Coal- it’s the original fossil fuel. Its concentrated energy powered the Industrial Revolution, and raised humankind’s standard of living to heights that had never been possible.
But now that coal has been thoroughly supplanted by natural gas, which may soon itself be replaced by renewables, how can we restore mining communities, provide stable, high-paying jobs and an identity for former coal communities that they can be proud of? The answer may come from Germany, a country with a lot of former coal mines and ambitious renewable energy goals.
In the northwest region of the country, two professors at the University of Essen-Duisberg began to brainstorm possible uses for the old mines- the last of which will cease operations next year- and have come up with an intriguing concept: repurpose the old mines as battery storage for the wind turbines that are quickly replacing the mines in German coal country.
To turn a mine into a battery, gravity is the magic ingredient. A water reservoir would be installed at the upper level of the mine shaft, storing energy when the winds are high, and releasing it to a lower reservoir when the wind dies down, using the gravitational energy of water rushing down to turn turbines and generate electricity. The biggest drawback? It’s expensive- André Niemann, one of the professors who conceived the project, estimates that it would cost between 10,000 and 25,000 euros per meter of tunnel just to build the reservoir, and around 500 million euros for the whole thing. Right now, neither the government nor the energy companies in the Ruhr Valley are willing to make that kind of investment. So the project may not become reality anytime soon. But that hasn’t stopped governments from all over the world- including the US- from sending scientists and researchers to check out their work.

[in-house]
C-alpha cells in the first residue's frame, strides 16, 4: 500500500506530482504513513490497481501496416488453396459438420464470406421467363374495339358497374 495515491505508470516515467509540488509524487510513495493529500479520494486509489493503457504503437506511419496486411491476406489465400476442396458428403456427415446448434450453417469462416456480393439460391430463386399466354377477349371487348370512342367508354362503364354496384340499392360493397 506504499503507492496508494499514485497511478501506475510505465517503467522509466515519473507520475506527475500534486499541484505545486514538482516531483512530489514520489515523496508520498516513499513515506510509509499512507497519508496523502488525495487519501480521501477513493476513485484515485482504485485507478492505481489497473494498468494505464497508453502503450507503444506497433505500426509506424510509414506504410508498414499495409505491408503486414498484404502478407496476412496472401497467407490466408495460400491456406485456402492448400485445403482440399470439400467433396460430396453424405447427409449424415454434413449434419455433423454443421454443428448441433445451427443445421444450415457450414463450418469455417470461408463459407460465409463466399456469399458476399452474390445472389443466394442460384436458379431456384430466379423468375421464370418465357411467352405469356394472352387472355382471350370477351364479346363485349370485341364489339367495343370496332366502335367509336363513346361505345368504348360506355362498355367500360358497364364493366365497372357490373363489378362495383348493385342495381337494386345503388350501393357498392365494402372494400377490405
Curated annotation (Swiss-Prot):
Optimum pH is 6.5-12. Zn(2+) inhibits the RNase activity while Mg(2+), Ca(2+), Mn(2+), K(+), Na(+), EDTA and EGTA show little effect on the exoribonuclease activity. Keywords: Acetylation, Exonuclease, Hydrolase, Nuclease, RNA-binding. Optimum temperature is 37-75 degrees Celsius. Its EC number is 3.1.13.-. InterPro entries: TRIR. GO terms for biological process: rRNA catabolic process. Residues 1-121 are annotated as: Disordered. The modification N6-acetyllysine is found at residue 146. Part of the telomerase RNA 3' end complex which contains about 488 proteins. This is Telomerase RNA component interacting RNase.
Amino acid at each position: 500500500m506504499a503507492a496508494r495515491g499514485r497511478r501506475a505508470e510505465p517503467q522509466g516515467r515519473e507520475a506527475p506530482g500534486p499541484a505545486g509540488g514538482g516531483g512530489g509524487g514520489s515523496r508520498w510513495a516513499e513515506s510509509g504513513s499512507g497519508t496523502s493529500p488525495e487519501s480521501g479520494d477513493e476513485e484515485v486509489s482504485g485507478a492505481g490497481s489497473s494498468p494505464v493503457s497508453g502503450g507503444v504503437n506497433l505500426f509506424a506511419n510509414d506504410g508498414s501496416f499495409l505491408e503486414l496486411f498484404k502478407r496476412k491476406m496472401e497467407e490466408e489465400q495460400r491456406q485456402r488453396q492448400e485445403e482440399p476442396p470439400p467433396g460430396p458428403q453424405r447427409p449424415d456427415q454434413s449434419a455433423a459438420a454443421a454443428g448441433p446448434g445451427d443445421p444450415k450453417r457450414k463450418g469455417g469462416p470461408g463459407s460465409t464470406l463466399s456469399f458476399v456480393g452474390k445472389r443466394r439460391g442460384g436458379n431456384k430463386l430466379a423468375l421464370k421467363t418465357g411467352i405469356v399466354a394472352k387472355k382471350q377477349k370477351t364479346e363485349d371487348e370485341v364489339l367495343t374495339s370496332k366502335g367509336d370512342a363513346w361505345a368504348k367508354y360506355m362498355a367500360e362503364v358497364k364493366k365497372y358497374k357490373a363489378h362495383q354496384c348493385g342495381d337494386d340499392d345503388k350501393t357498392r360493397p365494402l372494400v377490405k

Even so, local German governments are trying to figure out how to use the country’s renewable energy boom to transition dirty energy workers into clean energy workers. It’s still a work in progress, and some estimates say Germany may not achieve its goals on the current timeline. But the hard work they are doing to solve the problem of how to transition coal country away from coal may hold vital lessons for our country as well.